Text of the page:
3. Gradually increase the amount of time you require eye contact to last and then start adding distractions in the background, like people playing or a fridge door opening, etc. Your dog ONLY gets rewarded after maintaining (e.g. not breaking) eye contact with you. The goal is for your dog to maintain eye contact on cue with the key phrase for several minutes, regardless of the amount of distraction and background activity.
  4. Progress gradually to longer duration and increased relaxation before rewards are given.

 

Teaching “lets go”

  1. The goal of this exercise is to teach the dog to turn 180 degrees and go in the opposite direction.
  2. Have the dog at your side wearing a leash and collar or head halter and have food treats available.
  3. Begin to walk forward 10-12 steps.
  4. Take a food reward, place it in front of the dog’s nose and say, “lets go” and quickly turn and back away using the food reward to get the dog to follow you around.
  5. Once the dog follows, you turn and begin to walk forward in the opposite direction bringing the dog with you.
  6. After a few steps do it again.
  7. Once the dog learns “lets go” is the signal to leave and go the other way you can practice in locations with more distractions

 

How do I progress once I have better control?

The next step is called response substitution. Treatment by response substitution involves teaching the dog to ‘sit’ and ‘stay’ for rewards and then gradually introducing the stimuli (people, pet, things) that the dog chases. The goal is to make the rewards more desirable than the chasing.  This will require that you identify highly valued rewards for your dog.  These are usually consumables, food that the dog really wants, most likely table food. This reward will only be used for training and not available to the dog any other time. Once the dog can sit and stay calmly and quietly for the food reward you can progress to the next step. (Also see ‘teaching the dog to settle’ handout)  Control with a head halter and leash often is the most practical and most successful at ensuring that the dog will ‘sit’ and ‘stay’ in the presence of the stimulus. (See our handout on head halter training).  The use of highly motivating rewards (favored food treats, favored toys) can also be used to lure the dog into a ‘sit’ and given as a reward for staying.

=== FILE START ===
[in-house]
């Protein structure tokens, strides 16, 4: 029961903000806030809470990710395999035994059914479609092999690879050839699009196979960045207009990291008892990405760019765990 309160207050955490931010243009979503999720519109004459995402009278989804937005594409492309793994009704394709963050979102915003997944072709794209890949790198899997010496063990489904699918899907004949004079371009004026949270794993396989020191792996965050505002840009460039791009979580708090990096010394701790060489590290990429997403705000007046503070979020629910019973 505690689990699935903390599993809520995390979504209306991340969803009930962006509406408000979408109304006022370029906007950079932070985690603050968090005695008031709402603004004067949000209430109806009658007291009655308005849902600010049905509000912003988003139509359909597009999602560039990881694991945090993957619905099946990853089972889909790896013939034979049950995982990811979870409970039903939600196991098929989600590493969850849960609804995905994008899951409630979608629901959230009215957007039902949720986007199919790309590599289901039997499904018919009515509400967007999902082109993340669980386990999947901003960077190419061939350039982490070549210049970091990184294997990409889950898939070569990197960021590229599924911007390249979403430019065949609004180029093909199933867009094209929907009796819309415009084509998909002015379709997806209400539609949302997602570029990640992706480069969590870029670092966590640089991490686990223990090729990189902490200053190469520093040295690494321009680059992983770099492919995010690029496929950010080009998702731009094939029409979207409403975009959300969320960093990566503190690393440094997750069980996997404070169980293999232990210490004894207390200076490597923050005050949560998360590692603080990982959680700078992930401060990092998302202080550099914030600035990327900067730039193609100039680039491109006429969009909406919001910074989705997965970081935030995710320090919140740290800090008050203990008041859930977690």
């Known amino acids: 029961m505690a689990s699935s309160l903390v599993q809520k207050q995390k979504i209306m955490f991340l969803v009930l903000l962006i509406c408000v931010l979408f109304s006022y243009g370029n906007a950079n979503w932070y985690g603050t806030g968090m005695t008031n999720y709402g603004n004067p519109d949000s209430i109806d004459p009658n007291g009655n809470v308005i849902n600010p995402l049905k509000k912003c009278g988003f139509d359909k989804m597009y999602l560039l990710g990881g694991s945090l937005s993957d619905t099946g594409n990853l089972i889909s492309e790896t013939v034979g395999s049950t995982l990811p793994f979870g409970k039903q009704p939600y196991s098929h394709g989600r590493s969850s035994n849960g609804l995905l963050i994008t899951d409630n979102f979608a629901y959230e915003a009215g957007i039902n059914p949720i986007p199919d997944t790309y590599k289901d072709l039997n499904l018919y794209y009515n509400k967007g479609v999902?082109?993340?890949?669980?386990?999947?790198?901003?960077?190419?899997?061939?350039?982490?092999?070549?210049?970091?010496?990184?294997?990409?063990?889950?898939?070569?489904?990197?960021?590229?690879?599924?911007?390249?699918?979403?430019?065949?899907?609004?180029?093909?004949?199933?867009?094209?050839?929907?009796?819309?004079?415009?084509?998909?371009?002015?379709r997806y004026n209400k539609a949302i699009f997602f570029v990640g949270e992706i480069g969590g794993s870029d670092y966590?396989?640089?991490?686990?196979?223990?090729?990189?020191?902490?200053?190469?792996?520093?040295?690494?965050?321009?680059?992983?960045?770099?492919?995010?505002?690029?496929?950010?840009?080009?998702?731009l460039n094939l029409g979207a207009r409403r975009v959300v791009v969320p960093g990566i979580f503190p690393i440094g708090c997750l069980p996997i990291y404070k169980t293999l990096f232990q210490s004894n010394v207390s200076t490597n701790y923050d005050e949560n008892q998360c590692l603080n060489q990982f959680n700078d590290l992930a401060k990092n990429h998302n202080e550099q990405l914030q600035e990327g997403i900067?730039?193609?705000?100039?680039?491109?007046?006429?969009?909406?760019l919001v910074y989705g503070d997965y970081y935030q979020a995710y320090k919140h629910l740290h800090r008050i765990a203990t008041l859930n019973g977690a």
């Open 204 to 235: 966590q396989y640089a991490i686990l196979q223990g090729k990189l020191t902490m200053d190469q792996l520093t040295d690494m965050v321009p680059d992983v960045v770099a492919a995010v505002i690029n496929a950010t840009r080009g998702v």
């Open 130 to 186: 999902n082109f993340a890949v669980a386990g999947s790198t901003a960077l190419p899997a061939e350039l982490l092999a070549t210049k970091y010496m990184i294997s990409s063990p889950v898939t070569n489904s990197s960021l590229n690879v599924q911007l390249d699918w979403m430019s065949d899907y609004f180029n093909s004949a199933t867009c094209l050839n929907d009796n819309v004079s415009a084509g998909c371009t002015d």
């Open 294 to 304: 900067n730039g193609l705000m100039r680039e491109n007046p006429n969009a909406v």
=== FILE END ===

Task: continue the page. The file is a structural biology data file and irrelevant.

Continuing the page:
It will be necessary to first start with objects that your dog is least likely to chase and progress to more tempting items. Establish a distance where the response is minimal and you know you have sufficient control to achieve a sit, stay or focus. As the object comes closer and the dog begins to be less controllable, immediately leave the situation before the dog misbehaves using your “lets go” command. You always want to end with a positive outcome and never one that is negative so be certain to end the session before the dog engages in the inappropriate response.  At each training session try to stay a bit longer as long as you have control and the dog does not begin to lunge or chase.  If the problem is severe, or you are unable to control the dog for any training a consultation with a behaviorist may be necessary. At no time should your dog be allowed to run loose since he could injure someone or himself during his chase behavior.

 

 



  This client information sheet is based on material written by Debra Horwitz, DVM, Diplomate ACVB & Gary Landsberg, DVM, Diplomate ACVB

 © Copyright 2005 Lifelearn Inc. Used with permission under license. December 8, 2011